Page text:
Stanley Wrice is free at last, but the crimes of torture and false imprisonment continue

Posted by on Dec 17, 2013 in News, Stop Police Crimes | 0 comments

To download a pdf version of this statement click here.

For release December 16, 2013
For information contact Mark A. Clements, mclements@naarpr.org, 312-939-2750 (Office)
847-276-1382 (Cell)

Stanley Wrice is free at last, but the crimes of torture and false imprisonment continue

Thursday, December 11, 2013 was great day for Stanley Wrice.  It took Judge Richard Walsh only a few minutes to say “Dismissed” in the case against Wrice, releasing him from prison 31 years after he was falsely charged and convicted and sentenced to natural life for a crime he did not commit.

Judge Walsh also raised serious questions about our criminal justice system as a whole.  Wrice was victimized by police, who tortured him until he confessed, and then Cook County State’s Attorney Richard M. Daley.  Cook County Special Prosecutor Stuart Nudleman fought Wrice and his attorneys’ efforts to win a new trial.  In 2011 they file petition the Illinois Supreme Court to block Wrice from a hearing on his claim of torture, claiming that “confessions that were tortured from criminal suspects under Burge should be treated as harmless error”. In December, 2010 Wrice’s conviction had been reversed by the Illinois Appellate court.

Wrice sat in prison for 31 years, despite evidence at his trial that Cook County Jail doctors validated his claim of tortured by police. During his trial this evidence showed that he had suffered injury at the hands of Chicago Police Detectives John Bryne and Peter Dignan, both of whom were Burge subordinates who had been frequently accused of torturing criminal suspects at the time Wrice was arrested.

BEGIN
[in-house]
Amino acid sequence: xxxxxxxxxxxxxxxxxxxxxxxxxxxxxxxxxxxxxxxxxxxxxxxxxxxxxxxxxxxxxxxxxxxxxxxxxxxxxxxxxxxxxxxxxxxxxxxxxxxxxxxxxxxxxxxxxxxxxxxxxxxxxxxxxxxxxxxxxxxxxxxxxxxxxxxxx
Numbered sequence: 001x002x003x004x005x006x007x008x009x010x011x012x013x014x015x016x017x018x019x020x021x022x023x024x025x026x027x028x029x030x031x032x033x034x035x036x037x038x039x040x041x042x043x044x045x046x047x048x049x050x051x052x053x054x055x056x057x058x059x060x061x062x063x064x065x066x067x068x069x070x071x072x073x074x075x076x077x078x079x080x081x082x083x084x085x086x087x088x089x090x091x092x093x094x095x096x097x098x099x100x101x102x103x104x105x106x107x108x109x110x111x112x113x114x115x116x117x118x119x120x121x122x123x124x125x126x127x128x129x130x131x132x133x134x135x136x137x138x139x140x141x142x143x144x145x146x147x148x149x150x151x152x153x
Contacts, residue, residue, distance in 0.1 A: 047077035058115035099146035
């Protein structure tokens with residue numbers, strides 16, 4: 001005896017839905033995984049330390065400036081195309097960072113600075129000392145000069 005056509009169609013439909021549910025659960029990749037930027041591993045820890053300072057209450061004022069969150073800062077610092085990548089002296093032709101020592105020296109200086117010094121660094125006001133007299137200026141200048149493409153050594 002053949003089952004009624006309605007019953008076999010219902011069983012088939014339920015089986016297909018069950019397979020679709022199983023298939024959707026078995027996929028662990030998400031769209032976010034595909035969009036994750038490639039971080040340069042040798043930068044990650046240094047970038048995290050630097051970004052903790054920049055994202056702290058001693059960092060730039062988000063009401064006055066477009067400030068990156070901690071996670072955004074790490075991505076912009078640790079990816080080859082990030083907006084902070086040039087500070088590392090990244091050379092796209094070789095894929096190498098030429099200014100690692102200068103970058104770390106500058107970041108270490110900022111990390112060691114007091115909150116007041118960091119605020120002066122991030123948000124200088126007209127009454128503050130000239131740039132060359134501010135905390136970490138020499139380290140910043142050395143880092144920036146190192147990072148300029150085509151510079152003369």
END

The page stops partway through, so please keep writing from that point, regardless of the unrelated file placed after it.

The ordeal suffered by Wrice was hell on earth.  He was taken from society at 29 years of age and is now returning after his 60th birthday. We know how much it has cost the City of Chicago and Cook County to settle law suits resulting from the tortures committed by Burge and his subordinates.  However the costs incurred by Cook County in prosecuting innocent people and fighting every effort to obtain justice in their cases is not known.

Tax payers are silently being billed to warehouse innocent inmates, while the Cook County State’s Attorney Office rejects all claims, is paying witnesses to lie, is making back room deals with criminals, and is suppressing evidence in order to keep innocent people behind the walls of a prison.

One, two, or perhaps three wrongful convictions might be considered an accident.  However when there are so many being released each year in Illinois as the result of wrongful conviction and tortured confessions it has to be viewed as systemic crisis.  In Just the past year we Nicole Harris, Daniel Taylor, Carl Chatman, Lathieral Boyd, Stanley Wrice and others have walked out of prison who never should have been there because they were innocent.

This screams for measures to hold officers accused of these torturesaccountable, along with the Assistant Cook County State’s Attorneys that tried these cases, the various State’s Attorneys from 1972 until present, and judges that oversaw these legal lynchings while ignoring compelling evidence that the victims of tortures were innocent.

Cook County State’s Attorney Alvarez continues to deny the innocence and police crimes against Howard Morgan, Clayborn Smith, Gerald Reed, Johnny Plummer, Virgil Robinson, Stanley Howard, George Anderson, Jamie Jackson, James Harris, Harvey Allen, Javan Deloney, Tyrone Hood, Miguel Morales, and many others.  Over 100 people were tortured by polioce in Chicago, and mosrt sre still in prison.  This is an on-going conspraciy to deprive these victims of police crimes their Constitutional rights.

Victims of Chicago Police Torture must be provided with some compensation from the city of Chicago. Chicago Mayor Rahm Emanuel’s apology to these victims lacks substance because the victims are either still in prison or the State;’s Attorney continues to oppose new trials for them.

Stanley Wrice has been released from prison.  But he must suffer with trying to find employment as an ex-felon that can support him at his age of 60, clothes, shoes, and medical care.